There have been 6 deaths in Queensland alone so far in 2019, sparking nationwide concern for the safety and compliance standards in the mining region. The Queensland Government and resources industry held urgent meetings on the mining sector’s safety performance in response to a spate of injuries and fatal incidents this year.

Crisis talks

Queensland’s Minister for Natural Resources, Mines and Energy Anthony Lynham met the unions, workers and the Queensland Resources Council (QRC) during July as matter of urgency (REF). The crisis talks were initiated after a Golding contractor died at the Baralaba North coal mine in the Bowen Basin, and just six hours later, a Glencore worker was critically injured at the Collinsville mine (REF). The results of the meetings were the launch of two expert independent reviews, one of which is aimed at examining all fatal incidents in Queensland mines and quarries since 2000. The review was meant to only include coal mine incidents up to the end of last year but as a result of the magnitude of the issue It has now been broadened to include mineral mine and quarry incidents, including fatal tragedies this year.

Safety reset

The resources industry responded further by calling for a safety reset at mines and quarries across Queensland by the end of August. The Australian Workers’ Union (AWU) and Construction, Forestry, Maritime, Mining and Energy Union (CFMMEU) gathered to decide on matters that must be discussed and action during this period. The safety reset is intended for pertinent discussion between management, operations and unions representatives to cover risks, safety and elimination and mitigation strategies to protect workers. Any loss of life or serious injury in mines and quarries is unacceptable, everyone being involved in the facilitation of safety is paramount to minimising risk.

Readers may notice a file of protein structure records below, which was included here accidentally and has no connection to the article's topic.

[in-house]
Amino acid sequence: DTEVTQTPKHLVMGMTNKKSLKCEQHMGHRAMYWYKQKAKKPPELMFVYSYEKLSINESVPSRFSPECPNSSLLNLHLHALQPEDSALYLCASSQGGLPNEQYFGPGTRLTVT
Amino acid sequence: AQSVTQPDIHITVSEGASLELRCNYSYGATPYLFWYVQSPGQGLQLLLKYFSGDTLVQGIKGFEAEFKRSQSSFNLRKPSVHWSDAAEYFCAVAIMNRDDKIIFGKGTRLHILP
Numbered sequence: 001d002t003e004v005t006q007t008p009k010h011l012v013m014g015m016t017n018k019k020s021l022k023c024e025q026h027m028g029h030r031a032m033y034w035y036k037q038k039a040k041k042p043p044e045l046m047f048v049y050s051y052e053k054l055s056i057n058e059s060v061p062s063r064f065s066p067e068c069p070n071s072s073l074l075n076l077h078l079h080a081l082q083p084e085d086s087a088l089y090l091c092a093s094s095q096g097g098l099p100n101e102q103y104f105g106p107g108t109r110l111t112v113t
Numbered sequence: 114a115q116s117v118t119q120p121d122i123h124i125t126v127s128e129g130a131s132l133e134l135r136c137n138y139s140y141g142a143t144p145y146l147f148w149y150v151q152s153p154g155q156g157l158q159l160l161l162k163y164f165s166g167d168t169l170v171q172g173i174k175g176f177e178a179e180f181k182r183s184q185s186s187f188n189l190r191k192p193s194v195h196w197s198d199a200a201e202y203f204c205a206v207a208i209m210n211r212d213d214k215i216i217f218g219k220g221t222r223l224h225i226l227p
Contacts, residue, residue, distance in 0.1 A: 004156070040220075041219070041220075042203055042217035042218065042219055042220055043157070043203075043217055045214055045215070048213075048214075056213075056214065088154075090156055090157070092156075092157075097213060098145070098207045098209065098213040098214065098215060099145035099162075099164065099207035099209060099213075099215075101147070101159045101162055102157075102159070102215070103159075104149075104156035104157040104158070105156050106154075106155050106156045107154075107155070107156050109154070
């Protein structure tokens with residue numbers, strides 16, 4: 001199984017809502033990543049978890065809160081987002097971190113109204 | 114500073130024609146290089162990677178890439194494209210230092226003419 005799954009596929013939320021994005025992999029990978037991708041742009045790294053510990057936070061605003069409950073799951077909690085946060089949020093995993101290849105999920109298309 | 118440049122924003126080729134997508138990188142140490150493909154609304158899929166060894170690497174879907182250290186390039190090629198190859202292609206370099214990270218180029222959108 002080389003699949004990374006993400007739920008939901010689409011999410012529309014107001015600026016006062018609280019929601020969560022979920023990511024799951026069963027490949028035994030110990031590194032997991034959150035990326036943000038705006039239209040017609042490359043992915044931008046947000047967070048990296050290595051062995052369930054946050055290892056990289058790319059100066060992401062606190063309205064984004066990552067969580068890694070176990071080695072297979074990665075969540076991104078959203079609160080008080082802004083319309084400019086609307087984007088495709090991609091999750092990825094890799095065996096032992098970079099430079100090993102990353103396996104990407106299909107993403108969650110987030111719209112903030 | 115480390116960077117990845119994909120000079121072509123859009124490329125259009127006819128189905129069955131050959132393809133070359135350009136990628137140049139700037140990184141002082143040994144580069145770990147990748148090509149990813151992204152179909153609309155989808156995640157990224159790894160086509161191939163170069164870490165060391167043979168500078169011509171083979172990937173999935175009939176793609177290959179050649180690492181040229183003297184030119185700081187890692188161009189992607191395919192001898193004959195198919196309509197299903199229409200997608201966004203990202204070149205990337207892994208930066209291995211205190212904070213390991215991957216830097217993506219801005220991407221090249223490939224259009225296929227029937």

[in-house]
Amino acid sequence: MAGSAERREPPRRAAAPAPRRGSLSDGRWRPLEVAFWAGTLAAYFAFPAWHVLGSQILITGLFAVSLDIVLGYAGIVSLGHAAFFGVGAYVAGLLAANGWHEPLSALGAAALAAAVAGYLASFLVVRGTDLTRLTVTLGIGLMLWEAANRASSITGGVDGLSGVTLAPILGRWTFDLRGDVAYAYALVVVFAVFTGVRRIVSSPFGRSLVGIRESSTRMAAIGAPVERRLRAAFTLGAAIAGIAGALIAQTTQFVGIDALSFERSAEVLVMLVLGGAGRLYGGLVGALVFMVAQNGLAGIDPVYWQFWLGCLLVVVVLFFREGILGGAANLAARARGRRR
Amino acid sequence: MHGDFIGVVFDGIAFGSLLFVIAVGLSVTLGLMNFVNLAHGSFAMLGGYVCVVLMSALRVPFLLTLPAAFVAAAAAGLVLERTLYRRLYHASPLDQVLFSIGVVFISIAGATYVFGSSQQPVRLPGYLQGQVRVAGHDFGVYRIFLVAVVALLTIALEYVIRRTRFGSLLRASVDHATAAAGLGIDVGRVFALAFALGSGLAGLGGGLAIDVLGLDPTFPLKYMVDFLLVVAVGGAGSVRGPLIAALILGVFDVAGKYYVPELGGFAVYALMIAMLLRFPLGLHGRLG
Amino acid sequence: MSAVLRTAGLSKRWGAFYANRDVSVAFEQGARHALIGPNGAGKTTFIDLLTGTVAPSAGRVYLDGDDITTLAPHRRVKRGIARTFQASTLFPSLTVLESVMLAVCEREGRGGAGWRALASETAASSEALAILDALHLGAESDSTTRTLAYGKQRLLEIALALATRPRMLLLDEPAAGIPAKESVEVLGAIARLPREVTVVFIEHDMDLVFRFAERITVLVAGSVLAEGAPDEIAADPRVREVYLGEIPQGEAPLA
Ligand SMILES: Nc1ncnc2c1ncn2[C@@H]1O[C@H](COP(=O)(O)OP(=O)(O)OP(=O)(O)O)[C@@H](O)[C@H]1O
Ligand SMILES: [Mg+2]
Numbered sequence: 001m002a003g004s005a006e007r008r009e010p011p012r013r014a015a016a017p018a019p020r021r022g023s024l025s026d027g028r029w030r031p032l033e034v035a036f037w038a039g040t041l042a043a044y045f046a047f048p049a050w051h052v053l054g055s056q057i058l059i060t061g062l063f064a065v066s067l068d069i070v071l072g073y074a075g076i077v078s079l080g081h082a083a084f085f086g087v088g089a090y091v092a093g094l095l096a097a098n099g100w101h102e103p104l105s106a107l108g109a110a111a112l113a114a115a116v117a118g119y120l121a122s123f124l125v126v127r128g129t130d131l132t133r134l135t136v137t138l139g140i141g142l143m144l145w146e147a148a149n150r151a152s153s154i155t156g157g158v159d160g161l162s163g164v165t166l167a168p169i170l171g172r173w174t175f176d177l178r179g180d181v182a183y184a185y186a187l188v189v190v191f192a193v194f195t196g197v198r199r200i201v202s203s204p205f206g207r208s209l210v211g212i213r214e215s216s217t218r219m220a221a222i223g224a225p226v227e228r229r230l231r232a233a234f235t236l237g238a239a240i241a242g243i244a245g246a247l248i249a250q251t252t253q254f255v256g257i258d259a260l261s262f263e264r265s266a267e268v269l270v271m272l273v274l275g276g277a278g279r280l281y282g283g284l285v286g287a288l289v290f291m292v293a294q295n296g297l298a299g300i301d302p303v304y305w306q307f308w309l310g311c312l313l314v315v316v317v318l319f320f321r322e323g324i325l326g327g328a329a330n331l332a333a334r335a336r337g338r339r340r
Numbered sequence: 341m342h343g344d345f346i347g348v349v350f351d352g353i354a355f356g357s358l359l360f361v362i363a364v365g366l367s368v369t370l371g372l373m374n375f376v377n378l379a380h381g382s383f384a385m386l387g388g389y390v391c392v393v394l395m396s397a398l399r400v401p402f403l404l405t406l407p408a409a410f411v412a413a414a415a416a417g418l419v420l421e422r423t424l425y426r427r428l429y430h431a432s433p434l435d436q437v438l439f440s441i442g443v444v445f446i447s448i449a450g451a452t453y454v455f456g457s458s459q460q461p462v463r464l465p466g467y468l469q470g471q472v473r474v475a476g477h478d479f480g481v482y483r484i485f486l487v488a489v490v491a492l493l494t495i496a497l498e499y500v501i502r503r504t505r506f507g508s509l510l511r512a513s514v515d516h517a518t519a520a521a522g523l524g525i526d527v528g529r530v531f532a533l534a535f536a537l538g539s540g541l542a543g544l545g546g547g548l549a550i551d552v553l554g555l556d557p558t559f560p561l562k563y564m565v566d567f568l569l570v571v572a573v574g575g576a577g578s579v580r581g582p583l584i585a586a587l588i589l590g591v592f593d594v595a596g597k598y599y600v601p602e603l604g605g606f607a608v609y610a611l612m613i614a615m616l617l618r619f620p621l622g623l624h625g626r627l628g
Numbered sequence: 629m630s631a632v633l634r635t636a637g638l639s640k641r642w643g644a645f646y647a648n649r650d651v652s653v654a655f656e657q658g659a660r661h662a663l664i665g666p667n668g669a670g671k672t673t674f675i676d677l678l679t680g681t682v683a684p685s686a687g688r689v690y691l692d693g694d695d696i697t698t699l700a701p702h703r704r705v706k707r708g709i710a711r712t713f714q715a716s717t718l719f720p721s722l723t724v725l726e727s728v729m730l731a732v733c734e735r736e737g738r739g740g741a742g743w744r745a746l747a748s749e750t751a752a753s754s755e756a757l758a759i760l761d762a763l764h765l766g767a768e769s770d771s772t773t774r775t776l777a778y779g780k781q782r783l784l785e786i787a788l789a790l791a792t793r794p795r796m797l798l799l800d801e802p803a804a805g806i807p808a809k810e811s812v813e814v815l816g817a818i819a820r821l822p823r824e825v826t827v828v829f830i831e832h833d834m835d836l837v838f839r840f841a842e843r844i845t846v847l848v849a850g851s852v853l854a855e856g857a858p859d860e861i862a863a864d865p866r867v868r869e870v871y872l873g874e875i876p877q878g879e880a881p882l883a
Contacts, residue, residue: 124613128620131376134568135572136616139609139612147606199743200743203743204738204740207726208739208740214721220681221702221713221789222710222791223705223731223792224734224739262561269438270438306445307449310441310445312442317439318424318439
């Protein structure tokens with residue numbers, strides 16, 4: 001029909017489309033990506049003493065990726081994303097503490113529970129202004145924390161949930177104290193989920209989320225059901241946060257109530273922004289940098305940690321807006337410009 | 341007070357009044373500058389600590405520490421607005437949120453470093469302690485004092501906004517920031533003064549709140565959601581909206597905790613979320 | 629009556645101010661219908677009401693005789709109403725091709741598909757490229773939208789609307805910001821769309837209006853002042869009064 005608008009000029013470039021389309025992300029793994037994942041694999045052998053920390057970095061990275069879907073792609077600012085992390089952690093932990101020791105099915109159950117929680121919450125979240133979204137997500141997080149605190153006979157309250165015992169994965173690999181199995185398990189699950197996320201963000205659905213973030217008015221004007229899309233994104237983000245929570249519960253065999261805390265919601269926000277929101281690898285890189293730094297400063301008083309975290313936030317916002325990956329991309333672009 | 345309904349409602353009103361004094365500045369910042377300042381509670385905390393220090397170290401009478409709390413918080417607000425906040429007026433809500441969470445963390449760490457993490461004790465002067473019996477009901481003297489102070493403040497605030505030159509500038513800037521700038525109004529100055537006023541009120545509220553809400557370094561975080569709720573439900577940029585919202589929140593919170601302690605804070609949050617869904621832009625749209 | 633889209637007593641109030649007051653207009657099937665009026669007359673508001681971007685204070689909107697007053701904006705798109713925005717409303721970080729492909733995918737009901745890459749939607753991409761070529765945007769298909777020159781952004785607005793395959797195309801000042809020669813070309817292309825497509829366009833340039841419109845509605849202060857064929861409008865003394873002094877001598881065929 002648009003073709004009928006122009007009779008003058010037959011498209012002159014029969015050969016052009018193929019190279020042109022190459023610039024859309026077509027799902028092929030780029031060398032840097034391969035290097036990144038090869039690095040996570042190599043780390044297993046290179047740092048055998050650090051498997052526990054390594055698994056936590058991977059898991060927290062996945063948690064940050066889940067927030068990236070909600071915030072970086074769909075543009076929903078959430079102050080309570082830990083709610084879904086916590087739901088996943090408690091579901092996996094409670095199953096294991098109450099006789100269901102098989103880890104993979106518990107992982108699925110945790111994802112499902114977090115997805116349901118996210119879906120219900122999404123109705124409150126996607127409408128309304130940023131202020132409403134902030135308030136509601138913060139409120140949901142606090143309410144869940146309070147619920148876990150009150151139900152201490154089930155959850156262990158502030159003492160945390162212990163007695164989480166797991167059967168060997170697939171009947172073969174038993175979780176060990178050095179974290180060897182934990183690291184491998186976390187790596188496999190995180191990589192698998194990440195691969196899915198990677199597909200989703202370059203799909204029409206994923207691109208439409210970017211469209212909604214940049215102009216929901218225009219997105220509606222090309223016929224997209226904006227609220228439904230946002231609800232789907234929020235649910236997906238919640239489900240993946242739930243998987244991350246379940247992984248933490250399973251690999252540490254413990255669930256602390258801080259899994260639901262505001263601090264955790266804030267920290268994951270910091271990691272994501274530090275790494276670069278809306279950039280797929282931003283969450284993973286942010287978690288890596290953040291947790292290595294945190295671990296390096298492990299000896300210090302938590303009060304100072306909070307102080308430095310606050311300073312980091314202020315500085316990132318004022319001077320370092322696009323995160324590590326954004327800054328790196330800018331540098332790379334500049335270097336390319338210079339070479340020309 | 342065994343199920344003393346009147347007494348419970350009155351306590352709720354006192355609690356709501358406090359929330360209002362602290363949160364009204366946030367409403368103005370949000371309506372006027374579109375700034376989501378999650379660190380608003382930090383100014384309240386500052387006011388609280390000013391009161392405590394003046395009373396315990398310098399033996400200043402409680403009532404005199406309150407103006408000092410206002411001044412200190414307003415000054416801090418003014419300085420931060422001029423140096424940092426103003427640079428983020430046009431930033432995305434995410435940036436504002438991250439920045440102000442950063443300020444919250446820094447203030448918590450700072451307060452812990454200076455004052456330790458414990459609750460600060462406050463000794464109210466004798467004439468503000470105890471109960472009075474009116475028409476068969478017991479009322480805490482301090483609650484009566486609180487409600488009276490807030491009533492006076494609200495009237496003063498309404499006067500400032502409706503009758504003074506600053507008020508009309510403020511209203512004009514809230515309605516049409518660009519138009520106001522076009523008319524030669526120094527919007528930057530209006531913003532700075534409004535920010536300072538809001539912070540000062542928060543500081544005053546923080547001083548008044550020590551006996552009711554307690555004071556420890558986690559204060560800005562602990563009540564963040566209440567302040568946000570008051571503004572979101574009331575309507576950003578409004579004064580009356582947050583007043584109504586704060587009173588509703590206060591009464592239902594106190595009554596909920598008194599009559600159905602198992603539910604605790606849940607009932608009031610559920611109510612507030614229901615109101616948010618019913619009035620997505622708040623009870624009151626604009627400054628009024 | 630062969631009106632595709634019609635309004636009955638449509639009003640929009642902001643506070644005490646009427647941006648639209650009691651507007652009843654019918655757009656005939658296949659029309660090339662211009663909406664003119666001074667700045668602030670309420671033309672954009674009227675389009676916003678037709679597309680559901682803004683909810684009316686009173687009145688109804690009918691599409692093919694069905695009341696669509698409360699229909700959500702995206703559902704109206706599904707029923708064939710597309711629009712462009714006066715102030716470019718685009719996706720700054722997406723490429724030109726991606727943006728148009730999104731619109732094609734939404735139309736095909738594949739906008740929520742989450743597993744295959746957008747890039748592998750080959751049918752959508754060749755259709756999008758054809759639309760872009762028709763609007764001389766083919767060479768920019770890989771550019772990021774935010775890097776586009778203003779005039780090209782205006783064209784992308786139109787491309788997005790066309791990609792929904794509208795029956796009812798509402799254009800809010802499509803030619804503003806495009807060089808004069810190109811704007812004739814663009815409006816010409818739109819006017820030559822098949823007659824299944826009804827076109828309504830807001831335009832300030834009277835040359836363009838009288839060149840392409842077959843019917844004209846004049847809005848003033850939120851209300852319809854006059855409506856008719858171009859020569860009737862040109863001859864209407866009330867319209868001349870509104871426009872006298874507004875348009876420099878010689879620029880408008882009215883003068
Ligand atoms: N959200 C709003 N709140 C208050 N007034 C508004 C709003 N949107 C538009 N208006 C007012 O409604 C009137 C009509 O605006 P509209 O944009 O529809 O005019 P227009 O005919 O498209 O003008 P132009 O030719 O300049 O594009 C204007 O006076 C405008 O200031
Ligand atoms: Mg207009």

Wider impact

As a result of the fatalities across the beginning of 2019 The University of Queensland is conducting a review into the state’s mining health and safety legislation to ensure it is relevant to current and emerging mine practice and technology. Protecting future developments, associated practices and the people that operate them is imperative to a sustainable mining future in the region. 

The families and friends of those whose lives have been taken are forever changed, when someone close to you leaves for work you expect them to come home. Unfortunately due to safety not being given the attention its constantly needs, this wasn’t the case for some members of our community. To further protect workers and give breaching safety the serious tonality it deserves, the government plans to pass sanctions for reckless behaviour and consider the offence of “industrial manslaughter.” 

Eliminate the risk

The aim of such investigations, reviews, meetings and proposed legislation is to prevent and eliminate the risks that cause these devastating incidents, reacting is far too often too late. The entire mining industry needs to come together to make it safe for everyone involved. One death is far too many – every worker should return home as they left; everyday.